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Avoid the seven deadly sins of management.

OVER THE YEARS I have seen an assortment of managers and supervisors come and go. Many of these professionals never attained success because they were guilty of violating one or more of what I refer to as the seven deadly sins of management. Below is a brief synopsis of these wrongdoings, which must be avoided at all costs.

Complacency. Managers who live by the "if it ain't broke, don't fix it" syndrome live dangerously. If these people had their way, we'd still be conducting all lab tests using beakers and Bunsen burners. In this high-tech era of ever-changing demands, standing still just doesn't cut it anymore. As team leaders, we are expected to use our talents to consistently fine-tune even the most efficient operations.

Procrastination. It's human nature to put off dealing with an unpleasant task. More often than not, however, these obligations require our immediate attention. Problems seldom rectify themselves, so we must tackle them head-on before they snowball into bigger headaches. If necessary, schedule some uninterrupted time with yourself to address these challenges--and don't break the appointment.

Indecisiveness. It's always wise to make informed decisions. Still, many managers take the information-gathering process to extremes. Running every decision by committee after committee only adds undue delay to situations requiring quick decisions. We sometimes need to rely on our basic instincts. Remember that making the wrong decision is often better than making no decision at all.

Drowning in details. I needn't remind you that a laboratory manager's role is complicated, requiring us to handle significant technical and administrative duties. Unfortunately, many of us feel more comfortable working at the technical level and allow ourselves to get bogged down with the myriad of details that cross our desks each day. In order for a pilot to focus his attention on getting from point A to point B, he must trust his mechanics to insure that the plane is operating properly. Likewise, we must rely on our staff to work out certain problems so that we can concentrate on the big picture.

Responsibility without power. One of the most frustrating aspects of our careers is being asked to perform a job without being given the authority to see it through. If, for example, we are assigned to manage and supervise a staff, it is only fair that we be involved in the hiring, firing, and performance evaluation process. Similarly, if we are expected to analyze specimens on a particular piece of equipment, we should play a significant role in the evaluation and acquisition of that instrument.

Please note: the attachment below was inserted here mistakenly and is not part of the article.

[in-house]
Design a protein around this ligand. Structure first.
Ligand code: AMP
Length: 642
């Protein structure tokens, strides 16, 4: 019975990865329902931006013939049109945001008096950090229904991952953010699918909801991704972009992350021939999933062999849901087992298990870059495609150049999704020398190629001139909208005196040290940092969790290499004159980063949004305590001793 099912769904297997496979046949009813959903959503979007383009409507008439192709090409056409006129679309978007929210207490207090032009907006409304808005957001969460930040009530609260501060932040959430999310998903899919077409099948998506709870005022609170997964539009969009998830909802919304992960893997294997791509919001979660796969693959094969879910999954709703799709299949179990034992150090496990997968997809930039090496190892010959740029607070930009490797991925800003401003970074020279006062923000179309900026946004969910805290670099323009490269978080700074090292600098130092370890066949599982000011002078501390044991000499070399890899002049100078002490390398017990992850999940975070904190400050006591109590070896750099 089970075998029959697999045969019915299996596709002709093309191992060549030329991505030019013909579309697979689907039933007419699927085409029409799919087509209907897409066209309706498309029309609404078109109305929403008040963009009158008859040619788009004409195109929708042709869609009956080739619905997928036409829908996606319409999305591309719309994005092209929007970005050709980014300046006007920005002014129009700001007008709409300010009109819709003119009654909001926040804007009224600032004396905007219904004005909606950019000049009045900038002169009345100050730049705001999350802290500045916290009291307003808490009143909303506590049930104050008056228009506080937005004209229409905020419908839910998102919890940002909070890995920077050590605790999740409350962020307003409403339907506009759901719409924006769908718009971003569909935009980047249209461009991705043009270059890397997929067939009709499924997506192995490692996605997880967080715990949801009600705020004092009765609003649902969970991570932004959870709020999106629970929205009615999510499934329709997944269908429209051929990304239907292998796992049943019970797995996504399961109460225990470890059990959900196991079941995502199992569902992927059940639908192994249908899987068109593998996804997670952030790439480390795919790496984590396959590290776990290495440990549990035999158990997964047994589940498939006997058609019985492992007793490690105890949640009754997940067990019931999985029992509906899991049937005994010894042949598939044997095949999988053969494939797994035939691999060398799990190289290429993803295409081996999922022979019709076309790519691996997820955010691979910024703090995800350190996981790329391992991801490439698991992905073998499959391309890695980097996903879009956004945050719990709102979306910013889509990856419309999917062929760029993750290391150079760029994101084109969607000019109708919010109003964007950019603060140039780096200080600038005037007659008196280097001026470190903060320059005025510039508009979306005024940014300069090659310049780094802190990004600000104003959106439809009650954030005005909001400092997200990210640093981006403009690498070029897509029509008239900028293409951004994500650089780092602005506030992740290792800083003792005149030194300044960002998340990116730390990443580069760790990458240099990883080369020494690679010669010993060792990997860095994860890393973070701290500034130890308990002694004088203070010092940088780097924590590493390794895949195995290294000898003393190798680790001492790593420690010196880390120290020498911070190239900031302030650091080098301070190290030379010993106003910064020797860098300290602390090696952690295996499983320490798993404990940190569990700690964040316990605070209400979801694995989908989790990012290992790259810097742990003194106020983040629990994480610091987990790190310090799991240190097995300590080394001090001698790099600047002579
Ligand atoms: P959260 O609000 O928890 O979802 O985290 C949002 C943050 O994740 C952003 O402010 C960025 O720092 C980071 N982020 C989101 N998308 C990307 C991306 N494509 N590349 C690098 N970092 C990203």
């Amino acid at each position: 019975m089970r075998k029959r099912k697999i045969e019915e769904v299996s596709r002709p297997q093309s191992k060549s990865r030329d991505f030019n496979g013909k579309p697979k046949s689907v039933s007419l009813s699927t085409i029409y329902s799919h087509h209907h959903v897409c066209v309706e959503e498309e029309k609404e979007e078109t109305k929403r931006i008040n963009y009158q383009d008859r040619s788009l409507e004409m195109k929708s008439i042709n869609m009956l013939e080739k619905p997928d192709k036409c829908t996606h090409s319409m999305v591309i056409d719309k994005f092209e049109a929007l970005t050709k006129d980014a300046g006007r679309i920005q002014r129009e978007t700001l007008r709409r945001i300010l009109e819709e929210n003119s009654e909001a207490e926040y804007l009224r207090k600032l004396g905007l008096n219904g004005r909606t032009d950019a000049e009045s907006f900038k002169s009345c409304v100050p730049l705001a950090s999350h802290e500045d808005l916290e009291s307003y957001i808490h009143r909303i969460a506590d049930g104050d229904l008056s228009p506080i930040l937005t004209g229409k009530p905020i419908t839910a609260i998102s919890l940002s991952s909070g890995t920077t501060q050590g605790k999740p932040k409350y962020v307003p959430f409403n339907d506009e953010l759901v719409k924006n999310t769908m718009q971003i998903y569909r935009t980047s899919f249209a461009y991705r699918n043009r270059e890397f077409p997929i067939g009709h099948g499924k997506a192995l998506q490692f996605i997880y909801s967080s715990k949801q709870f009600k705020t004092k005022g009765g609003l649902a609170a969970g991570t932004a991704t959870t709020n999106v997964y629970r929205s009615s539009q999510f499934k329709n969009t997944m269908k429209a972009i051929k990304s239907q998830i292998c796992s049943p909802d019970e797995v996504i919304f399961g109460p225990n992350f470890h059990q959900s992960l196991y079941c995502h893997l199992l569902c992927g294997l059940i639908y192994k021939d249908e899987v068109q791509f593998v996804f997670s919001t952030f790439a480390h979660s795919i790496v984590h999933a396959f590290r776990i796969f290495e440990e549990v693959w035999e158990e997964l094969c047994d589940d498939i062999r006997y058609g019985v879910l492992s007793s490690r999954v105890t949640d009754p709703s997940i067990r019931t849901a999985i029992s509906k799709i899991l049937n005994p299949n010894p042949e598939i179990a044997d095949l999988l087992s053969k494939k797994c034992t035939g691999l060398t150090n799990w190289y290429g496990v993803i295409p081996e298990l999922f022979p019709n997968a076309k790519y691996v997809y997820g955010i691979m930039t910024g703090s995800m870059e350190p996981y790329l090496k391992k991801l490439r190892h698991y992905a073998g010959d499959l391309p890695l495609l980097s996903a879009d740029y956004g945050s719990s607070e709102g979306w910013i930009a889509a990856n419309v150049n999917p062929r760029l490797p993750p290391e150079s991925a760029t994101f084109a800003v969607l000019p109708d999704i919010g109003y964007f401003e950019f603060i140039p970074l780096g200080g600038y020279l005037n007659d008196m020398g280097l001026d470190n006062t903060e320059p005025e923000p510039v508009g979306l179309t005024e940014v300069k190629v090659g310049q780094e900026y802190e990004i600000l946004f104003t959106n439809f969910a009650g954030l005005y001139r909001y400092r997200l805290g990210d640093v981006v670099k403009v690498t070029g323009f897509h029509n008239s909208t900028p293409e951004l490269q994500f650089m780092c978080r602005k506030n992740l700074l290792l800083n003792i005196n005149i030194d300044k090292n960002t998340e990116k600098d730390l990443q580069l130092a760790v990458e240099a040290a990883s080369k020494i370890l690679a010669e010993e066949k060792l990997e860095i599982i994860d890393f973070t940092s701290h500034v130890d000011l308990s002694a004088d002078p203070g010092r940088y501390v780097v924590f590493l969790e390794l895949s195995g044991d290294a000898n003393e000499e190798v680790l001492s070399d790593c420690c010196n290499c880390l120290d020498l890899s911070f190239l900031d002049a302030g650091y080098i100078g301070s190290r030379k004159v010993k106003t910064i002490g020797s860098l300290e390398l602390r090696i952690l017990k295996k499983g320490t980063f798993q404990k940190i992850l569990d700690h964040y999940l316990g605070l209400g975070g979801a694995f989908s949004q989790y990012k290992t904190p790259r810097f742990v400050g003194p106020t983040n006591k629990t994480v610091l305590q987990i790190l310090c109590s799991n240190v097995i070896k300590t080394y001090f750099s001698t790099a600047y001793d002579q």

Unfortunately, due to the organizational structure of most laboratories, it is not uncommon for managers and supervisors to be given duties without real jurisdiction over them. Therefore, lab directors must be made to understand the need to delegate both aspects of a particular task to us. Conversely, we should not accept a duty without a guarantee that we will have a significant voice in controlling it.

Hibernation. It is crucial that managers and supervisors come out from behind the four walls of their offices once in a while. Doing so will keep us in touch with the goings-on in our departments as well as give our employees the opportunity to share their concerns in neutral territory. In addition, we must make a point of visiting other areas of the hospital to get a fresh perspective on the lab's role in the overall scheme of things.

Equilibrium. Perhaps the biggest mistake that some of us make is losing our balance on the tightrope we walk as members of middle management. It's crucial that we balance the needs of our laboratory with those of our entire facility. To flourish in our jobs, we also must retain the support of both those above us and below us. We can't be all things to all people all the time. We can, however, succeed as both an advocate and a mediator under the right circumstances.

Despite the temptation, we must avoid committing any of the seven deadly sins of management. Only then will we be able to find salvation in the promised land of effective management.

The author is administrator of clinical laboratories at Thomas Jefferson University Hospital, Philadelphia. Pa.
COPYRIGHT 1993 Nelson Publishing
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Copyright 1993 Gale, Cengage Learning. All rights reserved.

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Title Annotation:Viewpoint
Author:Maratea, James M.
Publication:Medical Laboratory Observer
Article Type:Column
Date:Mar 1, 1993
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